“If you say something back to them [officers], they charge you with swearing. (…). Some officers are racist: [they call us]‘black cunt,’ ‘sheep,’ ‘mother fucker’ or ‘pricks.’”

— Aboriginal prisoner

 “[Prisoners would] rather sit back and be sick rather than go see a nurse because the nurse would say ‘Go away, you’re exaggerating.’ That happens quite a bit. They think they’re drug seekers…. We need more aboriginal staff [so prisoners feel comfortable seeking services]. […] Racism is alive and well… It manifests itself in stereotyping: aboriginal prisoners are all drug addicts, all involved in domestic violence, all are drug-seeking or untruthful. […] If they question the nurse saying they had an allergic reaction, she will say: ‘You fucking black cunt, you don’t know what you’re talking about. I’m the nurse here. Sit down, shut up, and take your meds.’ A lot of the nurses are very harsh with their comments, swearing, belittling them.

— Aboriginal cultural liaison officer

 Bullying and harassment

“Officers try to bully us. They will ask us to clean the unit, even though it would have already been cleaned but they will make us do it again and again. Aboriginal prisoners get bullied more than others.”

— Aboriginal prisoner with a psychosocial disability

 “[There are some] old school officers…. They’d do things like ‘mark the doors’ – the guys who were smart-asses or talked back. They would do dehumanizing things like strip them naked and leave them outside standing up.”

—An Aboriginal prisoner

 “Ever since I lost my leg, I [have]felt very vulnerable. [Other prisoners] want your smokes [cigarettes], and harass you for money. [They tell you]: ‘I know you’ve got smokes.’ They watch you…”

—Man with a physical disability

 “The officers don’t know half of what is going on in here…. I feel very vulnerable in here. I have had my [wheel]chair taken away from me by other prisoners [for not giving into their demands]”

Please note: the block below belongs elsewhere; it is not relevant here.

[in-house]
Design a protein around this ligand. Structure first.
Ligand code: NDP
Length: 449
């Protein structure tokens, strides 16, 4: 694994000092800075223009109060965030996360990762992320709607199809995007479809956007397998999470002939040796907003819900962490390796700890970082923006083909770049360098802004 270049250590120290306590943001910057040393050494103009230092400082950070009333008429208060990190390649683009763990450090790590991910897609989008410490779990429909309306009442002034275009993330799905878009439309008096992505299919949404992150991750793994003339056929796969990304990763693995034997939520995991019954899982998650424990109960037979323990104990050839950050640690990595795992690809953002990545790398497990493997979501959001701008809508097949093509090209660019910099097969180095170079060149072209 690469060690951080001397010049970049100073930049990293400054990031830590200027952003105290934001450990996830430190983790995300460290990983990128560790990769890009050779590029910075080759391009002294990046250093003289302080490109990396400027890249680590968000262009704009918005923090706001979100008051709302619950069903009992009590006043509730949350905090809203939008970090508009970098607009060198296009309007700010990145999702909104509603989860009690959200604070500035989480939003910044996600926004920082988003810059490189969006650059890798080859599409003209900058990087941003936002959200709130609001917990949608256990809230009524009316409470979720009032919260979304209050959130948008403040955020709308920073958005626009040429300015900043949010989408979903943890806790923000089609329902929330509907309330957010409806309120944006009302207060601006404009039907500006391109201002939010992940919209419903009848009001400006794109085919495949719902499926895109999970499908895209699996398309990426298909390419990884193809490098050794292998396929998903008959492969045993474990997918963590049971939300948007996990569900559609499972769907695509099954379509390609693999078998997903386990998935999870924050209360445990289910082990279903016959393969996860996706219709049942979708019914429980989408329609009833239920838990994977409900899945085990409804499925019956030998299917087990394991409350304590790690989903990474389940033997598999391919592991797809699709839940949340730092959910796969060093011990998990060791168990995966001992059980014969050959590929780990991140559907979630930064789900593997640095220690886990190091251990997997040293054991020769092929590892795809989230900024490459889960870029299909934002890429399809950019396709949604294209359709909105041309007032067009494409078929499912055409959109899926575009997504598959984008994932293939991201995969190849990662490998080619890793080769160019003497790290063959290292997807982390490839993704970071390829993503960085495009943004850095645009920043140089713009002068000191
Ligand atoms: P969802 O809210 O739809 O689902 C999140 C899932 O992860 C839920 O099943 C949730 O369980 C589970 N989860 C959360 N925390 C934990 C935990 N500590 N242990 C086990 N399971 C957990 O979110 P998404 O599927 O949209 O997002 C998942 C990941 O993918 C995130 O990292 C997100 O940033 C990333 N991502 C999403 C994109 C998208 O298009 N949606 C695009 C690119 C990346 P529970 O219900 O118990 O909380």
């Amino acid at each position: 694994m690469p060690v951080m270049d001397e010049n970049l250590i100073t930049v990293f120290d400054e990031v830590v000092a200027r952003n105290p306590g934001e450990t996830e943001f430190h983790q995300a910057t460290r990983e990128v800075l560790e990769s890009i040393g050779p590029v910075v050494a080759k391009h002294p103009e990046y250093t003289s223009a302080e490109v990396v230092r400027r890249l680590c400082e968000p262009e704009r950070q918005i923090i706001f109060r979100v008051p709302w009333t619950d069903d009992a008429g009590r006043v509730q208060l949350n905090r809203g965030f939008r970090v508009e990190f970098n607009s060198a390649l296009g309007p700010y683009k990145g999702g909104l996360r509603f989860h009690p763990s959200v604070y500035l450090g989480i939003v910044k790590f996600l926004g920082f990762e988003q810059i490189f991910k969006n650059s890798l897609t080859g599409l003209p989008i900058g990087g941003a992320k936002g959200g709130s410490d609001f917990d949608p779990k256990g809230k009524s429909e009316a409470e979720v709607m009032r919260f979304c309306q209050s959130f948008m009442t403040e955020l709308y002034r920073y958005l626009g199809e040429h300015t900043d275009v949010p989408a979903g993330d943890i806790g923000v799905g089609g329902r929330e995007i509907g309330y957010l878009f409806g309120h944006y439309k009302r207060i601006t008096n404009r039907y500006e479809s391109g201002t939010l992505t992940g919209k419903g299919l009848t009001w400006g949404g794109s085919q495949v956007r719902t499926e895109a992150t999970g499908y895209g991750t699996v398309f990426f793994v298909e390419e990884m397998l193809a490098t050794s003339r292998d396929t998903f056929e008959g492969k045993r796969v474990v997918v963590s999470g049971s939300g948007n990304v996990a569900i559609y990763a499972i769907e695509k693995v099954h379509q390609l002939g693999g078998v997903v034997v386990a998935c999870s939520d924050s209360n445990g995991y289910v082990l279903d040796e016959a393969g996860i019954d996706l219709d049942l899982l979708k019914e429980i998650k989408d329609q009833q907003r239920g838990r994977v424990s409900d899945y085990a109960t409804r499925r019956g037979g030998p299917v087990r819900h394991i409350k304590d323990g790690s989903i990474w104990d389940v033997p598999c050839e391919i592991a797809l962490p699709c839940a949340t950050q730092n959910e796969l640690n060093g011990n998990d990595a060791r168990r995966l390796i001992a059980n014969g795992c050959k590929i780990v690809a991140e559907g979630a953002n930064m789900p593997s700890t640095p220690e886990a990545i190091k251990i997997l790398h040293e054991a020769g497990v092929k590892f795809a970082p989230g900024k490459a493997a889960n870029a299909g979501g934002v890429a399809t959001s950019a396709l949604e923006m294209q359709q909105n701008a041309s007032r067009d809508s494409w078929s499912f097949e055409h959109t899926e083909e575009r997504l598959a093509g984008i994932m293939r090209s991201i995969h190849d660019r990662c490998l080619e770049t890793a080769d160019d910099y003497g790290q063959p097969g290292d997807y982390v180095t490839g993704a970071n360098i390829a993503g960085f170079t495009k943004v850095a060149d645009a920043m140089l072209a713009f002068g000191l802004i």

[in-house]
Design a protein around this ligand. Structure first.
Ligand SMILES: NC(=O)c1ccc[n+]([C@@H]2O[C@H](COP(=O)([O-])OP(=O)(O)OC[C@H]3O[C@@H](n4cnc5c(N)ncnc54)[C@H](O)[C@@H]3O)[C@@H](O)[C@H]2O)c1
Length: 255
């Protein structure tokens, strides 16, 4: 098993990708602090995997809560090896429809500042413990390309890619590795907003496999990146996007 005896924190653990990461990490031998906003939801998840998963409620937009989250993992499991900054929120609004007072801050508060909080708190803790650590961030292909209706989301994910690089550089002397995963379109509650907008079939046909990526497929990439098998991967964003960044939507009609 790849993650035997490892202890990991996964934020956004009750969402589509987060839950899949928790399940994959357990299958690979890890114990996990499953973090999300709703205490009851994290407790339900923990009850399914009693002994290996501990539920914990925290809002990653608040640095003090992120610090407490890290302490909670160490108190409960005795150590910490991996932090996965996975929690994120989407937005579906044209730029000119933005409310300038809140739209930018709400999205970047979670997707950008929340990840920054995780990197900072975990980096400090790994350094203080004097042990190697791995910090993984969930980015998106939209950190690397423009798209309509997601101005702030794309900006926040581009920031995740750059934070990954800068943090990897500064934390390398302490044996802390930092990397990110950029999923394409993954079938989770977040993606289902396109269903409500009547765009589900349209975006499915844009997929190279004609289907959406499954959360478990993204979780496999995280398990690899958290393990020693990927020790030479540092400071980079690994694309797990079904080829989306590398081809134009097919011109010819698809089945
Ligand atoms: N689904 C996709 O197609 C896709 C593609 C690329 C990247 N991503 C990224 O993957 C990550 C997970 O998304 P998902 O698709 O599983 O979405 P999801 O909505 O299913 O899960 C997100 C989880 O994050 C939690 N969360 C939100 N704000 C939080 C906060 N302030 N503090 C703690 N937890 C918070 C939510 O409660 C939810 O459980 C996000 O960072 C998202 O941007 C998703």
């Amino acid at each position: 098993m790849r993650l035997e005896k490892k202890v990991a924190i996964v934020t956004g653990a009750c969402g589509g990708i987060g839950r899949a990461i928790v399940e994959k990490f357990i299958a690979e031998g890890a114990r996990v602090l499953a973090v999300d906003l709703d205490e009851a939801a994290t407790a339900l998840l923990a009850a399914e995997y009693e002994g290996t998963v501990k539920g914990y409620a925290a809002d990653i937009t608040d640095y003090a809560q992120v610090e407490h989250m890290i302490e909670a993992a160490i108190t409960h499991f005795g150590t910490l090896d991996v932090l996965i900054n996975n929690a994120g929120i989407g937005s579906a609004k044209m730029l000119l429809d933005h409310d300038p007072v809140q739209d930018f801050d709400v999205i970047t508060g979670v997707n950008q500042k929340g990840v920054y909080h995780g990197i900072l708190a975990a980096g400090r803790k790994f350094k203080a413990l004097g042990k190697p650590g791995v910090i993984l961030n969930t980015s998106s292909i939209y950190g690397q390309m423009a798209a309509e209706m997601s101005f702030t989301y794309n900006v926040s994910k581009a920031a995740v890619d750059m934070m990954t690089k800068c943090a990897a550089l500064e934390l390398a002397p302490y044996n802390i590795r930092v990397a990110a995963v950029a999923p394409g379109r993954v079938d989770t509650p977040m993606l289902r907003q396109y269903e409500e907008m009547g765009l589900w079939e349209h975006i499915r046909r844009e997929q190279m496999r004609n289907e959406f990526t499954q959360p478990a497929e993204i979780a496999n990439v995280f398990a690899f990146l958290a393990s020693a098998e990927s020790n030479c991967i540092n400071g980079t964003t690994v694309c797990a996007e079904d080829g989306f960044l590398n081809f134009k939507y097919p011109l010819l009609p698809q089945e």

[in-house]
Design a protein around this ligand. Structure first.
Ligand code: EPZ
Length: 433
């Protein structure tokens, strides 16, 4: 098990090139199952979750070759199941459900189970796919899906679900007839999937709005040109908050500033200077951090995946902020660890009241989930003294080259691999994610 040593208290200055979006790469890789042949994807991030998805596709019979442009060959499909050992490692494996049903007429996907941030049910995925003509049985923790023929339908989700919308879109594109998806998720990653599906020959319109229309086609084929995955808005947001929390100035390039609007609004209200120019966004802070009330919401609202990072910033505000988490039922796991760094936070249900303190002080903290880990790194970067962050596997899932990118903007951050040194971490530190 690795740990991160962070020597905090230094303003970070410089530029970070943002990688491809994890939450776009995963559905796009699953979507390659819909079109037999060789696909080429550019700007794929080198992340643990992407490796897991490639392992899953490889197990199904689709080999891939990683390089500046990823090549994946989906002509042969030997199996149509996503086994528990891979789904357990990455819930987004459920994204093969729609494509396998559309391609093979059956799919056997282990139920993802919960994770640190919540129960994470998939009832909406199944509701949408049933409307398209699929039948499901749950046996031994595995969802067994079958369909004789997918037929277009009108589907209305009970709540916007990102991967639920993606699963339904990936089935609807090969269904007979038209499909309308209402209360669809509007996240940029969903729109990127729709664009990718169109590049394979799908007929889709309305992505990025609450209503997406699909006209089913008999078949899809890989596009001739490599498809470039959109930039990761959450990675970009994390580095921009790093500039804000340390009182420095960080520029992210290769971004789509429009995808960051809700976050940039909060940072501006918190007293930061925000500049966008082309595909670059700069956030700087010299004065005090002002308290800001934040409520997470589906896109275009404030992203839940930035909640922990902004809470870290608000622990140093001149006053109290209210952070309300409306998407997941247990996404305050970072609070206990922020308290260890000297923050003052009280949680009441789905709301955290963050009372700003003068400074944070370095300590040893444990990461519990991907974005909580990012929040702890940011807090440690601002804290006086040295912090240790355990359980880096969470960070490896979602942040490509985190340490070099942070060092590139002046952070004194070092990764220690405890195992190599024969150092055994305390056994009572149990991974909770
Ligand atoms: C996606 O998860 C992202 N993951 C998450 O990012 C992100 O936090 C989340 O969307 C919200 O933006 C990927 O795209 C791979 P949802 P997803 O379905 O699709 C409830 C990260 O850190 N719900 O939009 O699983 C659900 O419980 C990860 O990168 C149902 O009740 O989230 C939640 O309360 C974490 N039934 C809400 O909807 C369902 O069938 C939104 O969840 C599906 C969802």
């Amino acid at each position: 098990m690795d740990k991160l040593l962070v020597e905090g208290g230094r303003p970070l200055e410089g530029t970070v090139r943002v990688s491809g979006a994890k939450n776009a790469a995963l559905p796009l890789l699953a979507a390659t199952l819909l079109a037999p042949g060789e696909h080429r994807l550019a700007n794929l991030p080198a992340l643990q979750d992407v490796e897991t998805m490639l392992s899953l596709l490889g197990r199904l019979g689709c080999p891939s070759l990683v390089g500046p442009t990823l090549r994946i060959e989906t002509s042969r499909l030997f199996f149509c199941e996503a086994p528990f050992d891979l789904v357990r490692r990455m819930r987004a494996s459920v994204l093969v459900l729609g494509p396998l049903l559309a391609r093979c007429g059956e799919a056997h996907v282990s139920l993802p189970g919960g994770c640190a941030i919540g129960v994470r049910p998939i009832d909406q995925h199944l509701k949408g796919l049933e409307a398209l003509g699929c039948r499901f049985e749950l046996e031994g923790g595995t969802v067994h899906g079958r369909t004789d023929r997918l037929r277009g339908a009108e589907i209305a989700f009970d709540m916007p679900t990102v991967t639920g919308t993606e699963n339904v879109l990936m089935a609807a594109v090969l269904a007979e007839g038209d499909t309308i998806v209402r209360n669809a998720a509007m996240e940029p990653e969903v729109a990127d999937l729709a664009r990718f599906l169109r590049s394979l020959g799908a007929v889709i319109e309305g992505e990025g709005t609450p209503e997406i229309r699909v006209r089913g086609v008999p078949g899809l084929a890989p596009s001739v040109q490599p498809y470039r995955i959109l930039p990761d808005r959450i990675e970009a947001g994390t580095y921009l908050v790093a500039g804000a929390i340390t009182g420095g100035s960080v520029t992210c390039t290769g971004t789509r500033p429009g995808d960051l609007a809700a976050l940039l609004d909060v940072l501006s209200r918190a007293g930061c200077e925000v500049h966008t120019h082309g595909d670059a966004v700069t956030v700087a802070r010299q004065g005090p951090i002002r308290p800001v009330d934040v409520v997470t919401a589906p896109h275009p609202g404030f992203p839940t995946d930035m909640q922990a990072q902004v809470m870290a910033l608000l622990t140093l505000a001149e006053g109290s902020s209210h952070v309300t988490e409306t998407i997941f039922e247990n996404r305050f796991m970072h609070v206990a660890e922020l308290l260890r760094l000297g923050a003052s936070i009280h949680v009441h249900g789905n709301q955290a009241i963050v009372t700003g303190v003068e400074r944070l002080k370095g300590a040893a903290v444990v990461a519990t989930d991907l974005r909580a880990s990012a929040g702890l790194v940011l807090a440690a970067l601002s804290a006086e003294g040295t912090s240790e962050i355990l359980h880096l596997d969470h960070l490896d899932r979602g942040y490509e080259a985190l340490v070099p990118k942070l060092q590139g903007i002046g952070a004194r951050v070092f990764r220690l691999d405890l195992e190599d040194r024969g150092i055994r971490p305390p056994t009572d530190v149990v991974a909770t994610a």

— Male prisoner with a physical disability

 “Four blokes were on me, trying to get my meds. It was pretty brutal. If you don’t spit the med out, they will say, ‘We know you can do it. Why aren’t you getting it out for us?’ And if you don’t get it out next time, you have got to fight them. It can happen in the laundry or toilets, you can get three to four blokes on you at once and in just a couple of minutes, they’ve bashed you. By the time the officers come, it’s too late.”

— Man with a psychosocial disability

 “When you’ve got trouble, you don’t go to officers [to]ask for help. That’s the golden rule in jail. You get called a ‘dog’ [traitor]. You could get bashed.”

— Male prisoner with a psychosocial disability

 “I get bullied by some prisoners. They ask for smokes [cigarettes]but if I say, ‘No,’ they fight with me. I’m an easy target because of mental illness. If we get caught fighting, they will tell the officer, ‘She hit first because the voices told her.’”

—Aboriginal woman with a psychosocial disability


Michael Brull writes twice a week for New Matilda. He has written for a range of other publications, including Overland, Crikey, ABC’s Drum, the Guardian and elsewhere.